This morning, it was announced that Rafael Palmeiro had tested positive for a banned substance, believed to be performance-enhancing, and would be suspended for 10 games for the infraction.

The situation is notable not just for the fact that Palmeiro is the most accomplished player to test positive since the 2002 Collective Bargaining Agreement implemented steroid testing. Palmeiro has made history this season by roping his 3,000th hit, and has found his Hall of Fame qualifications, seemingly inarguable, questioned by people who value peak far more than career value, and who fail to recognize greatness over time. This stain on his record will give his naysayers, and even his supporters, reason to question his candidacy.

Moreso, though, the situation is notable because in March, Palmeiro went before a Congressional committee and stated, under oath, that he had not used performance-enhancing substances. Setting aside the issue of whether he was lying that day and any legal issues arising from that, Palmeiro is now faced with the incongruity of being suspended, just five months later, for the same infraction he so vehemently denied committing.

I have been consistent in my position on steroids and baseball. There are so many things we don’t know–their impact on offensive totals, which players have and have not used them, whether their use in a controlled environment obviates some of the concerns about abuse–that I’ve been strongly against the finger-pointing and innuendo that has driven the coverage of the story. Physiques, statistics and lack of media savvy do not add up to “steroid user,” and the plural of “opinion” is not “fact.”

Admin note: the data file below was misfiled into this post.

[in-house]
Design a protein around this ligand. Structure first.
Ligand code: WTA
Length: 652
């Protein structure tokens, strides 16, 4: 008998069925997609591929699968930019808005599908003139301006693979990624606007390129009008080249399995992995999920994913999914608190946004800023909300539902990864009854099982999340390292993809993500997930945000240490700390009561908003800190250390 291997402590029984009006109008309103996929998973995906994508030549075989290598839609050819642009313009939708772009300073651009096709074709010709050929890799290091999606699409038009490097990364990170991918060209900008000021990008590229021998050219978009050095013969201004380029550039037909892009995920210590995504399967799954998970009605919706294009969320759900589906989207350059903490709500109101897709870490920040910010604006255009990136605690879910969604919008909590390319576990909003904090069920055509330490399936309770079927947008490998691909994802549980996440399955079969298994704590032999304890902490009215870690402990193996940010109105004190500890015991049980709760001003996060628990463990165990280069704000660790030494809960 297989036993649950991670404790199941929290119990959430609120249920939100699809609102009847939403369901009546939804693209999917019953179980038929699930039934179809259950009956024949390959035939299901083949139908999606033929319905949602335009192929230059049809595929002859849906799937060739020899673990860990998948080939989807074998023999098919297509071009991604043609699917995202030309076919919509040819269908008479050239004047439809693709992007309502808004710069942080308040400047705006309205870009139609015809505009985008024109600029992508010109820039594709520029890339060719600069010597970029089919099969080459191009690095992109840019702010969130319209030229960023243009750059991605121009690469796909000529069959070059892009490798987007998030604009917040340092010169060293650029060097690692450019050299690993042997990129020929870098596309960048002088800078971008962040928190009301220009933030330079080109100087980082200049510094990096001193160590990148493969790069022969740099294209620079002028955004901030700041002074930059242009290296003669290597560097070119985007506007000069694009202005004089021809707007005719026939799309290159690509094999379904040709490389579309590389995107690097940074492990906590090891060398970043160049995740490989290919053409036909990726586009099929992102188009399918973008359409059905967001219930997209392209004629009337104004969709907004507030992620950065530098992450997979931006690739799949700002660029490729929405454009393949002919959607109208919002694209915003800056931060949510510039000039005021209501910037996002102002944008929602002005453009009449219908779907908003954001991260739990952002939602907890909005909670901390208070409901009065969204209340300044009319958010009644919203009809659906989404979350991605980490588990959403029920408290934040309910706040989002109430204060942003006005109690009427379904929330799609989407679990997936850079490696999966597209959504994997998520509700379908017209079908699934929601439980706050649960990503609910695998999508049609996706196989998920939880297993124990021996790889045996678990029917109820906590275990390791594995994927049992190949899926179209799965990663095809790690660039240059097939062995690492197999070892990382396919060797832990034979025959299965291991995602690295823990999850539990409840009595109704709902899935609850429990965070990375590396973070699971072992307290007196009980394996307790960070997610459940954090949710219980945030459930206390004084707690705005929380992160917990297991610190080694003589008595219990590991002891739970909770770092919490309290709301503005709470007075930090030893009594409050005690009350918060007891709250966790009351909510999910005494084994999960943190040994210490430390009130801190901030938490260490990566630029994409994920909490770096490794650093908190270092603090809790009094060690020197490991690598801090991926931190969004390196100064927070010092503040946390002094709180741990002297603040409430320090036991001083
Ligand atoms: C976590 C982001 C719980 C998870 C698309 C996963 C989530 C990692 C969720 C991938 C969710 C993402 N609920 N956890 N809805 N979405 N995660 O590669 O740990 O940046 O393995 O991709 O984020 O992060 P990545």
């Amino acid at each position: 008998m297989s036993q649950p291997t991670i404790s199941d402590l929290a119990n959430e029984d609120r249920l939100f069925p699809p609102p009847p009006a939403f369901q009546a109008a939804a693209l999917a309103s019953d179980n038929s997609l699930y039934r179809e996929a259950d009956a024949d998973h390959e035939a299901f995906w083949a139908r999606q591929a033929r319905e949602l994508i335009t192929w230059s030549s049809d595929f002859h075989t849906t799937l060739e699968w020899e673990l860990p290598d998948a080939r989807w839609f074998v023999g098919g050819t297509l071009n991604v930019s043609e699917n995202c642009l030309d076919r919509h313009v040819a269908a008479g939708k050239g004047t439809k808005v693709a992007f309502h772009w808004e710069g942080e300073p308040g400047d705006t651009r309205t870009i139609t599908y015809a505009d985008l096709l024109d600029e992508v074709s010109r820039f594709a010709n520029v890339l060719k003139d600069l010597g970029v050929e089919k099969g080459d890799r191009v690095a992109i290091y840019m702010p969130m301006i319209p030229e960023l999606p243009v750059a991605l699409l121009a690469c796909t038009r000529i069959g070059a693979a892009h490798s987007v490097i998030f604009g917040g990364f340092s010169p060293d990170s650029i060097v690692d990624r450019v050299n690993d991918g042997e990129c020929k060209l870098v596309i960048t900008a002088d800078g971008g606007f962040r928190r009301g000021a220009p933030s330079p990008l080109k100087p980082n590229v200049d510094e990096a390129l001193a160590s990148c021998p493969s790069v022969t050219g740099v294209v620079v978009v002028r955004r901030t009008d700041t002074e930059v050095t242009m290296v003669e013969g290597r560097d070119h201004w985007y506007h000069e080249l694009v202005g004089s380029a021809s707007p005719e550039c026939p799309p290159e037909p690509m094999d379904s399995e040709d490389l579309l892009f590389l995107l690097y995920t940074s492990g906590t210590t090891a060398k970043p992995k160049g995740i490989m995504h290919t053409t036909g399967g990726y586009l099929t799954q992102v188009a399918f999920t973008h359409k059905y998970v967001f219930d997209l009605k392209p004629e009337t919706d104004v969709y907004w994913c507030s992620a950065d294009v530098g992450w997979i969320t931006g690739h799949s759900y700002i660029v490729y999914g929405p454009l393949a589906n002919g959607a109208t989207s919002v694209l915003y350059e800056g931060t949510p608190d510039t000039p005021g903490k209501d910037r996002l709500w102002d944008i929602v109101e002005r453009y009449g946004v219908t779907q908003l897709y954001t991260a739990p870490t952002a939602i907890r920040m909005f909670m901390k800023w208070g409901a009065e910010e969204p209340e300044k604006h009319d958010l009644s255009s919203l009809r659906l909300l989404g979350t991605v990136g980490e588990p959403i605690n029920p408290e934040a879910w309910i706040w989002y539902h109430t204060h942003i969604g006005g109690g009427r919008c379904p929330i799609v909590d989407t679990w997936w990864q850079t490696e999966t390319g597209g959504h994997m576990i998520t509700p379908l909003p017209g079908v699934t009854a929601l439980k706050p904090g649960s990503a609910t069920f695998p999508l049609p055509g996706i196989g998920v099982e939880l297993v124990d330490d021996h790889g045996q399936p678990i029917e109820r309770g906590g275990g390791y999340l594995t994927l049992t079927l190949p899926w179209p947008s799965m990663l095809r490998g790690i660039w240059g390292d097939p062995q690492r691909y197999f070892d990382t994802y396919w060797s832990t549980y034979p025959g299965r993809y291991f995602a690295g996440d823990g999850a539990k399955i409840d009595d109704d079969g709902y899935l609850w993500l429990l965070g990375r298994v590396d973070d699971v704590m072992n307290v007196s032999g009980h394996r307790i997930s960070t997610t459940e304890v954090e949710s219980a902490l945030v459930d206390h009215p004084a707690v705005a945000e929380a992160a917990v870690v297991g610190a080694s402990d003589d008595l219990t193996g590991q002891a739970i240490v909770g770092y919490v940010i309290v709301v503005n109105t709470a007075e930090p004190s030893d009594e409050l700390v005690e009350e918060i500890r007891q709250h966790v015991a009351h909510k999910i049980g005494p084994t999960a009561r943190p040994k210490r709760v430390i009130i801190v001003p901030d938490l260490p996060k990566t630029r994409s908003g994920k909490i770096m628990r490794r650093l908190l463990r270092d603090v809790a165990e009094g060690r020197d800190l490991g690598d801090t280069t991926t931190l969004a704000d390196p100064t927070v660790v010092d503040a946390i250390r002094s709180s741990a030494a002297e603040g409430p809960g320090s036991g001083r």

In this case, we don’t know if Palmeiro declined to use prior to 2005, making his testimony truthful, then decided to begin using this year, as his skills deteriorated.

That scenario, however, seems far-fetched. The one thing I think we can say about the steroid-testing plan is that would be a deterrent to those players who had never before used, making it unlikely that players who hadn’t used prior to this year would take up the practice. In Palmeiro’s case, and his case alone, I think a positive test that is upheld as accurate calls into question all of his accomplishments prior to 2005. It just doesn’t seem plausible that he would have just started using this year.

Palmeiro, like a number of the other players suspended this year, maintains his innocence and his position that he never intentionally used steroids. I hope, because I am a baseball fan, that this is true. I hope that this is some kind of testing quirk, the likes of which I’m sure Will Carroll can and will get into in “Under the Knife.” Certainly, I hope that one way or another, we get a definitive answer as to Palmeiro’s guilt or innocence.

But mostly I hope that this doesn’t merely become another torch in the witch hunt. I hope that we find out the truth, rather than simply letting the desire for another head on another pitchfork drive a surface discussion of the matter and more page views. Regardless of whether you think steroids are the worst thing to happen to baseball since game-fixing, or an overrated problem in a media environment that devours flawed heroes, you have to believe that the game is best served by nothing less than the truth.